The new show this fall is billed as “Kareinaru Akuno Ichizoku”—the Gorgeous Wicked Clan—which should be a tip-off that the Ewings of Dallas have been exported to Japan. Unhappily, however, when Victoria (Pam Ewing) Principal recently landed there for a typhoon-force publicity tour, she learned that the show has met with disastrously sinking audience shares in the Land of the Rising Sun. Undaunted and effortlessly diplomatic, Principal whirlwinded through five days of interviews, tea ceremonies and countless Buddhist shrines. If she felt at home, it’s at least in part because she’s a native: Air Force brat Victoria spent her first three months on Japanese soil as the first baby born in Fukuoka in 1950, the daughter of Sergeant Major Vincent and Ree Principal.
A few knowing teenagers whispered “Darras, Darras” at the sight of Victoria’s luxuriant auburn hair and green eyes. “I think I look rather Asian, don’t you?” she joked. The actress won praise for her demure manner—not to mention her judicious use of such Japanese phrases as “Ohayo gozaimasu” (Good morning) and “Domo arigato” (Thank you).
Dallas has little to be thankful for. At this point the real question is not “Who shot J.R.?” but rather “Who Is J.R.?” If the current five percent share doesn’t rise, the Japanese audiences may never find out who fired the pistol—the network has picked up only one year’s shows. However, Victoria sees Dallas eventually hooking Japanese women: “The show was slow to take off in the States. It was the housewives who discovered it there too.”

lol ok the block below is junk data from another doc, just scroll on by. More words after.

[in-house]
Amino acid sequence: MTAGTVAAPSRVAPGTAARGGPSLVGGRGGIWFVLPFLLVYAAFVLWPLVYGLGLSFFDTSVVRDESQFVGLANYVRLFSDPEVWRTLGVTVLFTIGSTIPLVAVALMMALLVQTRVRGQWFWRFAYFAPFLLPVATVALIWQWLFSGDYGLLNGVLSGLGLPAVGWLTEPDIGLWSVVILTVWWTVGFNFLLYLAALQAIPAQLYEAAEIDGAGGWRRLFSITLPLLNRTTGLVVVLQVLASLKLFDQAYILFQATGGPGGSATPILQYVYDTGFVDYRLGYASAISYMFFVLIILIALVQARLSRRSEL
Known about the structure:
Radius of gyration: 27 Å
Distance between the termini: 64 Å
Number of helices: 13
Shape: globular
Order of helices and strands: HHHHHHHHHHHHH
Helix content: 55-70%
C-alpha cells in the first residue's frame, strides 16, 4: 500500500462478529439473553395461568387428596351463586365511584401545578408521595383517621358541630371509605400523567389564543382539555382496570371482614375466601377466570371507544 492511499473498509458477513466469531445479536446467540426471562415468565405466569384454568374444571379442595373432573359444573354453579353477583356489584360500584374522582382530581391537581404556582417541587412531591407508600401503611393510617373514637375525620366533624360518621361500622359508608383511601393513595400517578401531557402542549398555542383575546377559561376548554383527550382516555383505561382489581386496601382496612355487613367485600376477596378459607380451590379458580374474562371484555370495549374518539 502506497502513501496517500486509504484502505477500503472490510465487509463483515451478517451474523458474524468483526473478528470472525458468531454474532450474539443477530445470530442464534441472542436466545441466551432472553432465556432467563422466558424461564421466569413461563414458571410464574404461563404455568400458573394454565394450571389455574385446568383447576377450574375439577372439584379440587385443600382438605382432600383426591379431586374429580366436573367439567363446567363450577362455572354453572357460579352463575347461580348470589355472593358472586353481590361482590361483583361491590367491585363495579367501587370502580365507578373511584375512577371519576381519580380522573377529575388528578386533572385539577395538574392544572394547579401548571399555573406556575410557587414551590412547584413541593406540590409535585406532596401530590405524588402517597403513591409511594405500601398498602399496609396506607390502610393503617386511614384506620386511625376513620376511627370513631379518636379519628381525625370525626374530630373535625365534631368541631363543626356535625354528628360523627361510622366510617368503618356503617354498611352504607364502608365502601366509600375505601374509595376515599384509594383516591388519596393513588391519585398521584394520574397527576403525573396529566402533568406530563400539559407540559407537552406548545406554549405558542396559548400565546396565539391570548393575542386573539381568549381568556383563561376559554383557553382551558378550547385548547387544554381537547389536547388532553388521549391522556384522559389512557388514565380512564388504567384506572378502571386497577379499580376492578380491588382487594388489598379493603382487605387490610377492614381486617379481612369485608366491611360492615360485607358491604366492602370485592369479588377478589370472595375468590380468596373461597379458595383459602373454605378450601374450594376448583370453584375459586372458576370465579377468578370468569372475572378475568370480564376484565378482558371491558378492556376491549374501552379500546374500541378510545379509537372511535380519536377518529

Regardless of ratings, the Japanese took Victoria to their hearts. “People kept saying ‘Welcome back.’ ” (Her father still calls his wife Mama-san in the Japanese style, and both wear kimonos around their Georgia house instead of robes.) Pursued in Japan by television crews and photographers, Victoria charmed them all with her delight in things Japanese. She smiled and said “sushi,” not “cheese,” when posing for endless snapshots, and energetically photographed the countryside from her limousine. A connoisseur of Asian food who prepares her own sashimi (raw fish) at home, she dined on native dishes and participated in the tea-drinking ceremony, but grimaced on a “chewy” hunk of dried fish. She patiently supplied her measurements (36-23-36) at a press conference, but drew the line when an enterprising photographer scrambled onto a table for a bird’s-eye view of her décolletage. The actress gave Japan a rave. “There’s a tranquillity and hospitality that overwhelms me,” she said. “I want to stay for a year.” That’s hardly likely, though, since even the week Victoria was separated from her boyfriend, rock star Andy Gibb, 23, seemed too long. “I wanted Andy to come so badly,” she said, but consoled herself with the thought that “being away is sexy.” Asked if she had marriage plans since finalizing her divorce from actor Christopher Skinner, Victoria, “almost 32,” hedged. “I want to wait and be very sure.” Searching for exactly the right present for Andy, with whom she will celebrate a first “anniversary” on Jan. 6, she finally settled on a $200 ceremonial sword (“He’ll have a heart attack”). That choice came after she tried unsuccessfully to make him a ceramic on a potter’s wheel.
While visiting a hallowed 700-year-old giant Buddha in Kamakura, she was happy to follow an age-old tradition. Throwing a coin in the offertory box, she wished she could return—with Andy. “Japan,” she says, “is the kind of place you like to share.” And then she squeezed in another wish: “Y’all watch Dallas.”